When I finished talking, I saw a lady sitting in the front row who was visibly moved. As we opened up for interaction, she began to speak with a strong American accent.

Michelle told the group she was in the United States military until an injury rendered her incapable of sustaining the post. She was living in Alaska in 2003 and the cost of living plunged her into a downward spiral that forced her to steal toilet paper from the university, wash her clothes in the shower and endure hunger pains that lasted for days. Eventually, she was at the door of a foodbank similar to the one described and it was a the pleasant experience.

First minister Alex Salmond visited the Trussell Trust’s Edinburgh foodbank in December 2013.
First minister Alex Salmond visited the Trussell Trust’s Edinburgh foodbank in December 2013.

However, rather than fermenting a spirit of contempt, the experience has led Michelle to faithfully volunteer.

“Here, it is like walking into someone’s living room,” she says. “It’s clean, dignified, warm and homely. People feel safe.”

Orkney foodbank reached 45 people in its first month of operation and Michelle talks fervently about some of the people she has met.

The first man Michelle met came in with an air of trepidation but sat with a coffee and biscuits and within minutes was sharing his story, talking about his children, his working life and the situation he had found himself in.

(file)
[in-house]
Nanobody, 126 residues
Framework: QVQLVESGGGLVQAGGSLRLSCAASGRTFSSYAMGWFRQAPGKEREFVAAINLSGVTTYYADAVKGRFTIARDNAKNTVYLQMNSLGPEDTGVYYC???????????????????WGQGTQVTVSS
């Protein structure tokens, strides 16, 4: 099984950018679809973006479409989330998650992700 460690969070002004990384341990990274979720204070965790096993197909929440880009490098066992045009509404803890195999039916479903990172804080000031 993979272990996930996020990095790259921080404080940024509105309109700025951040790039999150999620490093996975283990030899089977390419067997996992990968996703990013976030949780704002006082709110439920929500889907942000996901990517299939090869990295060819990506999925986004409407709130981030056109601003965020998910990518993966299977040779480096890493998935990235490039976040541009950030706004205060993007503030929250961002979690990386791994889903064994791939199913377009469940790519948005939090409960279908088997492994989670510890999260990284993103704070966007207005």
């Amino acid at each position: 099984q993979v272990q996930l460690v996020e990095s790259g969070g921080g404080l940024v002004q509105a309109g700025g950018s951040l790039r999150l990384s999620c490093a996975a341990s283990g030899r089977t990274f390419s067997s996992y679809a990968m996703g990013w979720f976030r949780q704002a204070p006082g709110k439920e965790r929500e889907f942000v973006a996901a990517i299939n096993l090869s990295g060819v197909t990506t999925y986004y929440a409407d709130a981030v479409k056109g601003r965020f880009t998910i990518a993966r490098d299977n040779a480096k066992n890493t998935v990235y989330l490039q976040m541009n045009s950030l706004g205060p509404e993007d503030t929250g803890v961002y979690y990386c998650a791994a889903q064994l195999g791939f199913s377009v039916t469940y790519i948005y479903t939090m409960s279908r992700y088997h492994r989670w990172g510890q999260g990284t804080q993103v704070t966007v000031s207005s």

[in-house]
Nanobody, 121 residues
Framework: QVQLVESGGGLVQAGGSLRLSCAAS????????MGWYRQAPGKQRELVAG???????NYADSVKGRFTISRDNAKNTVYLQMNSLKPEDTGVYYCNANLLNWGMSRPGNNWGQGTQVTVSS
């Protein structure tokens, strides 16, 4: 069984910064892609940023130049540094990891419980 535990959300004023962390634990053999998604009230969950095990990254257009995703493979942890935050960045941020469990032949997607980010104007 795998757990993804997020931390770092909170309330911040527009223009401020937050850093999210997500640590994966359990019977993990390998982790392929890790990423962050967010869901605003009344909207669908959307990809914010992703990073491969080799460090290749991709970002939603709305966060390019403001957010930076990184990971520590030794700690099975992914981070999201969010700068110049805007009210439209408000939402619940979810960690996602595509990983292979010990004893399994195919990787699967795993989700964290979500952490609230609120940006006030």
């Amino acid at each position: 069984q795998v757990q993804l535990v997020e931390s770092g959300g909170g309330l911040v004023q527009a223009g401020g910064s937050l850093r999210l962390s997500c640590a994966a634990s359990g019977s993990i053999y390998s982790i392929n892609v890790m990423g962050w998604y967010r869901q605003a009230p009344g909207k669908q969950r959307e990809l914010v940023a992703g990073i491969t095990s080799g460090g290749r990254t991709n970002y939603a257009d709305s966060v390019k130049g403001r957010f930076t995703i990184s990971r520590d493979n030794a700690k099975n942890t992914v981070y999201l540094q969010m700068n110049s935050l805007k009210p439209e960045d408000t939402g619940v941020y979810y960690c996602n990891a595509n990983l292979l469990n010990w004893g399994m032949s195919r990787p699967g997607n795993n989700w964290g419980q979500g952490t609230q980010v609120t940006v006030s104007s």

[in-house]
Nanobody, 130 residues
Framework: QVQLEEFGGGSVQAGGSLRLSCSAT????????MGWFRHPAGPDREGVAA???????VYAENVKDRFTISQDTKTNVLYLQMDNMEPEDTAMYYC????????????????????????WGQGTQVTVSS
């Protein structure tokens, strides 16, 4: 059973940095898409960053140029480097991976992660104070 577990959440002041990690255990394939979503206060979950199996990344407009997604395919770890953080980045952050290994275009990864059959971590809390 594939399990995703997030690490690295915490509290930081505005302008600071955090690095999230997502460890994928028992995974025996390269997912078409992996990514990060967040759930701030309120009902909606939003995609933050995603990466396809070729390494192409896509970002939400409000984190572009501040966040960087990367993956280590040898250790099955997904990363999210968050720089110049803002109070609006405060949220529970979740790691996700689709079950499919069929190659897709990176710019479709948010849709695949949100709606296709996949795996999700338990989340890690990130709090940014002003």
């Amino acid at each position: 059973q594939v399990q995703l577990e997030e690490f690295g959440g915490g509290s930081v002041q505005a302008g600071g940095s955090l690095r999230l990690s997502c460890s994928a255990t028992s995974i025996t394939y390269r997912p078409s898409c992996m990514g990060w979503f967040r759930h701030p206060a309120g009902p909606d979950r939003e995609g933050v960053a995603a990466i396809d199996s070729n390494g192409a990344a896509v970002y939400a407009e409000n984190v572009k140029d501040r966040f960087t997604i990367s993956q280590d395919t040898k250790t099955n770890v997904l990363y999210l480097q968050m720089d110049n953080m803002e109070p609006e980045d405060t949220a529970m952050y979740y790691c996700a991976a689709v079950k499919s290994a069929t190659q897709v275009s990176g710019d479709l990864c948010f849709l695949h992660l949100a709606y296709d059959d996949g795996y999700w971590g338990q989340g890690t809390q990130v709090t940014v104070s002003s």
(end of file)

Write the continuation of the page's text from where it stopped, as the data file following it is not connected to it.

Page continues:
She said: “That man left knowing what he needed to do to get his situation sorted. No stone was left unturned by the volunteers, but they were conversational rather than clinical. He left feeling human again and you could see in his demeanour that the burden had lifted and hope was reignited within him.”

December 2013 saw the busiest month in the history of The Trussell Trust in Scotland as our 43 foodbanks provided emergency food relief to over 6,500 people; a third of which were children.

It is also a time of year that evokes the warmth of human kindness as over 105 tonnes of food were generously donated by the public. Only too often those most selfless donors are the people who also feel the pinch of the rising cost of living and static incomes.

However, it is crucial while attempting to tackle food poverty practically that we ask questions about the policies that create it. We have seen cross-party support in Scotland throughout 2013 and in the last month Scottish first minister Alex Salmond visited one of our Edinburgh foodbanks to deliver a Scottish Government report about emergency food provision in Scotland. The following day, foodbanks were debated in the House of Commons and numerous elected officials shared personal stories about the impact of current welfare reforms and minimal employment opportunities they are seeing in their constituencies.

There is still more to be done, but if we can continue to highlight the extent of food poverty and share our stories of hidden hunger, perhaps the search for creative solutions will emerge as a result of those conversations.

 

Comments

Be the first to comment.